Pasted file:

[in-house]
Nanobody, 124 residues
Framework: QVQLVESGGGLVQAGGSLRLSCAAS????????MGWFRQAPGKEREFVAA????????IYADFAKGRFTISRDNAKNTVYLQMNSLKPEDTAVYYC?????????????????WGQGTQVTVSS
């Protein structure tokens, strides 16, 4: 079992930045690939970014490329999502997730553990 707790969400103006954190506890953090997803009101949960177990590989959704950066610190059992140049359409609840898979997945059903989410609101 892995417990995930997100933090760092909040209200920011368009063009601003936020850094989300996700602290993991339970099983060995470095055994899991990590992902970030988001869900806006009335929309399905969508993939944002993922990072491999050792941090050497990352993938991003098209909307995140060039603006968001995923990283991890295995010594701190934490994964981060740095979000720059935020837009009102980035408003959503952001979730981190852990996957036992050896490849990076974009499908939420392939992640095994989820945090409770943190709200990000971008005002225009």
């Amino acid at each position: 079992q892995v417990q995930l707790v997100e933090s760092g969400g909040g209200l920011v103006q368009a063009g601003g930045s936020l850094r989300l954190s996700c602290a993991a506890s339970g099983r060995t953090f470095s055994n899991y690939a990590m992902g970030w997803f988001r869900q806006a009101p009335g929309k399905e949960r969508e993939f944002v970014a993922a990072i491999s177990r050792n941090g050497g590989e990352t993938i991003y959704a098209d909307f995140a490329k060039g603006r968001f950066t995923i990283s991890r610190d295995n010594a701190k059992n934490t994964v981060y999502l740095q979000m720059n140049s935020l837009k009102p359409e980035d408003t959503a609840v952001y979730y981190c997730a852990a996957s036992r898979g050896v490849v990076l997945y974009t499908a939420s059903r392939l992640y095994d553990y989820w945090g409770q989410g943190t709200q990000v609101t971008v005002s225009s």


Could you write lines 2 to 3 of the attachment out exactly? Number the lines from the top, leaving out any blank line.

Nanobody, 124 residues
Framework: QVQLVESGGGLVQAGGSLRLSCAAS????????MGWFRQAPGKEREFVAA????????IYADFAKGRFTISRDNAKNTVYLQMNSLKPEDTAVYYC?????????????????WGQGTQVTVSS